Wednesday, December 1, 2010

The Danger of Being Frost

It is a very dangerous business being Frost.   The world seems to throw many unexpected obstacles in his path which hurt him.  You or I might occasionally stub a toe or hit an elbow closing a car door in a hurry.  Not Frost!   He has multiple injuries in a day.

Here are a sampling of Frost injuries on Saturday.

Incident 1.
Frost is tapping his foot on the floor to pace himself as he practices xylophone in the living room.

Frost:  OW, OWWWW.  DAMMIT. 
Me:  What's wrong Frost?  You ok?
Frost:   OW.  
Me:  Frost?  [You notice that I no longer get up from the table to investigate, being long inured to these  catastrophes]
Frost:  I hit the side of my head with the mallet and now my head is throbbing!

Incident 2.
I am in the bathroom at the Memorial Stadium as we prepare for the 1 mile Children's Marathon on Saturday early.  Frost is waiting in the corridor outside the ladies.  When I come out he is bending over holding his head.  He continues to walk along holding his head.

Me: Why are you walking like that?
Frost:  My head hurts.
Me:  What happened to you?
Frost:  I was sliding along the walk.  You know,I was walking along with my head brushing against the wall and I didn't see a cable box thing and suddenly my head went WHAM and it hit the cable box heater thing!
Me:  Why were you sliding along the wall?
Frost:  I don't know.

Incident 3.
Frost is playing magic the gathering at the dining room table.  He is turning over cards while sitting on a chair with one knee.  The other leg is on the floor.  He keeps jiggling from foot to foot and mumbling thoughts or a song under his breath.  This is a very Frost moment.

Me:  What did you do now?  You are just sitting there!
Frost:  Stop.  Don't .... talk..... ow........argh.

I shake my head.

Me:  Well, you poor thing?  What happened?
Frost:  I ....... hit.... my ...... funnybone ..... on the table!

The other day, Wren was upset with me for some reason and gave me the Fierce Glare (he freezes, goes "grrrrrr" under his breath and then glares at you as if he were a wolf in the forest).  On this occasion he also "flipped a bird" at me.     I couldn't keep a straight face but I told him it was rude.

Of course, Wren also says DAMMIT when he stubs his toe.

Sunday, November 28, 2010

Snowstorm revisited

Its back to rain and cold in Seattle and the snowman in the back yard has started to melt - now his head is a pointed pinnacle of snow and on which his hat balances.  Its not as beautiful but temperatures above freezing are easier to dress for and get outside.

Not that the cold stopped us on the snow days. 

The first day of heavy snowfall ended with a bit of a blizzard.  Strong winds blew flurries of snow off the roofs and trees and whipped it into our faces.  Still, we went out to try and build a snowman, and failed.  It was way too cold and so the snow was light and dry.   Growing up in South Africa I never knew the gradations of snow, how it is slippery near freezing, how it makes better snowballs when a bit warmer but you can do it with dry snow if you squeeze hard.  The boys are learning these things a lot earlier and having better success with their aim ;)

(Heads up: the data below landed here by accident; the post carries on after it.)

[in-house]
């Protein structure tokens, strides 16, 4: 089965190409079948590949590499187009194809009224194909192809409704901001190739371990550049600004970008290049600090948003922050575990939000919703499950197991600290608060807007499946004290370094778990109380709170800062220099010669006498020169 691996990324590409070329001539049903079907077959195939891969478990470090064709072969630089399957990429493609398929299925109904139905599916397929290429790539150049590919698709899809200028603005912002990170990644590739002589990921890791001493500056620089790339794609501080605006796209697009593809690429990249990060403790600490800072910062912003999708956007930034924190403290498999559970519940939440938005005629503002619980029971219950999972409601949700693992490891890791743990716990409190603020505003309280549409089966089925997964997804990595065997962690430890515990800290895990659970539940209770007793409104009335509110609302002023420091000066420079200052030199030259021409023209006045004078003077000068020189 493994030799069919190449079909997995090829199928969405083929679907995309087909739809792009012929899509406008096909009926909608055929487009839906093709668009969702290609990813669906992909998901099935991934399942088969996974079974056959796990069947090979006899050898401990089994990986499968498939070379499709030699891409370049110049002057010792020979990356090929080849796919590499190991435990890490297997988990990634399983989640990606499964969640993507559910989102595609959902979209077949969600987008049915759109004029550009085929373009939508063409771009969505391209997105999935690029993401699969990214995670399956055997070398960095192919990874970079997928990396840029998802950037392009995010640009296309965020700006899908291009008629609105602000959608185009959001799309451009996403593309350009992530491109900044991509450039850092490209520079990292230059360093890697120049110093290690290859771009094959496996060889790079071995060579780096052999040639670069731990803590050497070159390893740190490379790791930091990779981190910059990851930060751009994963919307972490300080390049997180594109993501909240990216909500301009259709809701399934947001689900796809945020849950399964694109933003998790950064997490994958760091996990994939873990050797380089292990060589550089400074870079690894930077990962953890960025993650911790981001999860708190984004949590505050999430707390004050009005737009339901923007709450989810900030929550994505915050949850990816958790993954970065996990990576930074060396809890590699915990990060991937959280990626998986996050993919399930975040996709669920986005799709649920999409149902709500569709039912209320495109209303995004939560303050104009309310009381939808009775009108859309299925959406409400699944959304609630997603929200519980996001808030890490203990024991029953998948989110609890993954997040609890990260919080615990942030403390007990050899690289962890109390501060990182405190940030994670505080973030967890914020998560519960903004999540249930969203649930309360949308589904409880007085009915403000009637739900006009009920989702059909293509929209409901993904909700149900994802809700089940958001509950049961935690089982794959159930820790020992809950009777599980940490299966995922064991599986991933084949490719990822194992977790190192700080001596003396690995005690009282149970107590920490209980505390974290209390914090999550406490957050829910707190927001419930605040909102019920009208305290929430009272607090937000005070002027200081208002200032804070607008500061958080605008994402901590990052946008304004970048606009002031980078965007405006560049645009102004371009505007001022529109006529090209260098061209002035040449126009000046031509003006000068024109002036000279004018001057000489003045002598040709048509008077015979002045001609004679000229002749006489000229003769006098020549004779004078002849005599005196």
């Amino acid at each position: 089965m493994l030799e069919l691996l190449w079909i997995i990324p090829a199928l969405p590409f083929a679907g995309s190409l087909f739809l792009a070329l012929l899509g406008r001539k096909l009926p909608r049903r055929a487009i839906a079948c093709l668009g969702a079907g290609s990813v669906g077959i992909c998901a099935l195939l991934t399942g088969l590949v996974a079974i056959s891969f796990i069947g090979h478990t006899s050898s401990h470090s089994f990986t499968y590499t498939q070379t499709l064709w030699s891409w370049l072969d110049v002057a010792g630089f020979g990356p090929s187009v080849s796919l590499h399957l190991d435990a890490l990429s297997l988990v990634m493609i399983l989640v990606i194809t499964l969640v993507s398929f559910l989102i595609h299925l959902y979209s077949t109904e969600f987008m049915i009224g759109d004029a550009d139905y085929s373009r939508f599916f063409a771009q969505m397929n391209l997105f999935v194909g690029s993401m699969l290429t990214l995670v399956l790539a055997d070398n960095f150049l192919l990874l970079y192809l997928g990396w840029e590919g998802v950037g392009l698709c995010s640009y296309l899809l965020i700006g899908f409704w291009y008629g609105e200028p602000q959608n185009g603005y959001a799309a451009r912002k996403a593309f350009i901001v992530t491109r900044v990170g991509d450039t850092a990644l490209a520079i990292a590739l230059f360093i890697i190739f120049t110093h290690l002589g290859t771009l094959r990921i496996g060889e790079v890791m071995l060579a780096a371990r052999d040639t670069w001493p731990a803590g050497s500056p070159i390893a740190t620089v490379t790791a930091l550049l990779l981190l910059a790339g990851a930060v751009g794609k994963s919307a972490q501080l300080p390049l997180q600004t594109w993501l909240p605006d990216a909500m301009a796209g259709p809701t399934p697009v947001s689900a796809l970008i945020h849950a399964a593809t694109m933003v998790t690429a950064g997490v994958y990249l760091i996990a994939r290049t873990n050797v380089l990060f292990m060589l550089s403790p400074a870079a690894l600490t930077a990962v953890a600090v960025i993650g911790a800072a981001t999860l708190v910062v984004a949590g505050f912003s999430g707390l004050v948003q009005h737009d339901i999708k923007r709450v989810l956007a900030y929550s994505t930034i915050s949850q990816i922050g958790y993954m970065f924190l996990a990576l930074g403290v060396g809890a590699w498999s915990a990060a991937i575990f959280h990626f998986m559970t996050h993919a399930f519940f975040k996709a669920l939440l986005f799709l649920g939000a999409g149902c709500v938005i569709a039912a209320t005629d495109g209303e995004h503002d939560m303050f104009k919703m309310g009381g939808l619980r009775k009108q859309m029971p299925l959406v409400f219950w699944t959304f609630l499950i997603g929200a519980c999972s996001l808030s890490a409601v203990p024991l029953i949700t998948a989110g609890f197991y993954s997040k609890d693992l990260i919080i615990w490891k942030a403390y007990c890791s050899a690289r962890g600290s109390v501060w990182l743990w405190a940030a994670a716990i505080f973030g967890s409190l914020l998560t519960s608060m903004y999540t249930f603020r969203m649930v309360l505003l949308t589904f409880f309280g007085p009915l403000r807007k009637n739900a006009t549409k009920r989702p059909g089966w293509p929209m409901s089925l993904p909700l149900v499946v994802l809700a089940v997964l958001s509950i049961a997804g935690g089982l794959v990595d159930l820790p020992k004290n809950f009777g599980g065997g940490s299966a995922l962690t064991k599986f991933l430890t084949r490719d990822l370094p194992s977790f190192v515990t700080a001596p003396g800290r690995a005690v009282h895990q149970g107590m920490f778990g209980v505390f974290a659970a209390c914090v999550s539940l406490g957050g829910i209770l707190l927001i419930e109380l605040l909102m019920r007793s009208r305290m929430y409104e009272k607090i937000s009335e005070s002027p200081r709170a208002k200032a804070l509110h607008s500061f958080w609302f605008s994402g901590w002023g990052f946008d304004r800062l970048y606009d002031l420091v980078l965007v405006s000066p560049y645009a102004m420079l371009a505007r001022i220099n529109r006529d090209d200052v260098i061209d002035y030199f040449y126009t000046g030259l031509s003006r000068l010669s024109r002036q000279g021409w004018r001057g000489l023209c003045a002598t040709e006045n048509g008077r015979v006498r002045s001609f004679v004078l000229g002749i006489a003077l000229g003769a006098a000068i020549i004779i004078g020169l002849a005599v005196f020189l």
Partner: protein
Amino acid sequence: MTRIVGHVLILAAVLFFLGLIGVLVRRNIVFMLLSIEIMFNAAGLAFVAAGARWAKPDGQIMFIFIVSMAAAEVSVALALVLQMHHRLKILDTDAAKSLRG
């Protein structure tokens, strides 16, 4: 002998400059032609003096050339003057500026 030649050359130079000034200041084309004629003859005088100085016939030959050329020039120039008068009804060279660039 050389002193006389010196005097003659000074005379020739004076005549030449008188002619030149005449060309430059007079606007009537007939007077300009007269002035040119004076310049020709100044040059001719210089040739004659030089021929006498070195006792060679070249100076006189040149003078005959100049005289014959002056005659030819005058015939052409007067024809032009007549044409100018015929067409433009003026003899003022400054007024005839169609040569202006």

Frost and Wren in the neighbors yard after a snowfight

Frost tempting me to come close so he can dump all the snow off the
canopy onto my head.

Wren in the blizzard with a large snowball and silly woolen gloves that
clump snow.  He hates mittens.
 The next day was even colder (14F overnight or -10C) but bright and sunny.  There are various streets in our neighborhood which the local kids have named as sledding runs.  During real snow, these steep hills become too slippery to drive so kids and their parents set up watches at the intersections and the kids sled down 2 or 3 blocks of steep roads - whizzing through intersections market by upturned bins and parents cupping lattes in their insulated mugs.

With news of snow, many residents of steep hills take precautions and move their cars off the steep slopes to flatter streets.  However, when cars or other obstacles remain, folks put garbage cans in front of them so that falling and out of control sledders do not crash or go under the cars.

We even saw snowboarders going down from 18th to 23rd and I did the big hill a few times :)  This big one is called Black Diamond while 73rd down to 24th is called The Bunny Hill.

Elias, Frost and Eli on the Bunny Hill.
The playing fields and parkland at Dahl Field are another favorite snow park.  On the first morning of extreme cold we all walked to Dahl field and sledded.   I haven't managed to import all the clips into iMovie but I have some great ones of Josh descending at speed from the top of a precipitous hill I can barely walk up in fair weather.

Josh after his first descent

Wren and I coming down a small hill at Dahl Field.  Wren said
"It was a bit fun and a bit scary"

Wren at Dahl Field on the first day.  He fell off the sled and got
snow down his back so I had to lend him my scarf to recover.

Frost making a snow angel.  Frost doesn't feel the cold like
a normal person.  He kept throwing off clothing at sub-freezing
temperatures and 'losing' things in the snow.
Snowman Day
On Thanksgiving, after an early flurry, the snow began to melt.  As it warmed it became snowman and snowball snow.  The boys made boxes of them and I made a snowman.  Frost rolled huge snowballs he could barely carry and tried to throw them at Alex.  Alex is far too nimble to be caught by such a colossus and has a dangerous throwing arm (perfected playing baseball) but Frost could not resist the wickedness.

Alex and Frost with a cache of snowballs (they threw at Fred)

Wren with our backyard snowman

Frost bending under the weight of the large snowball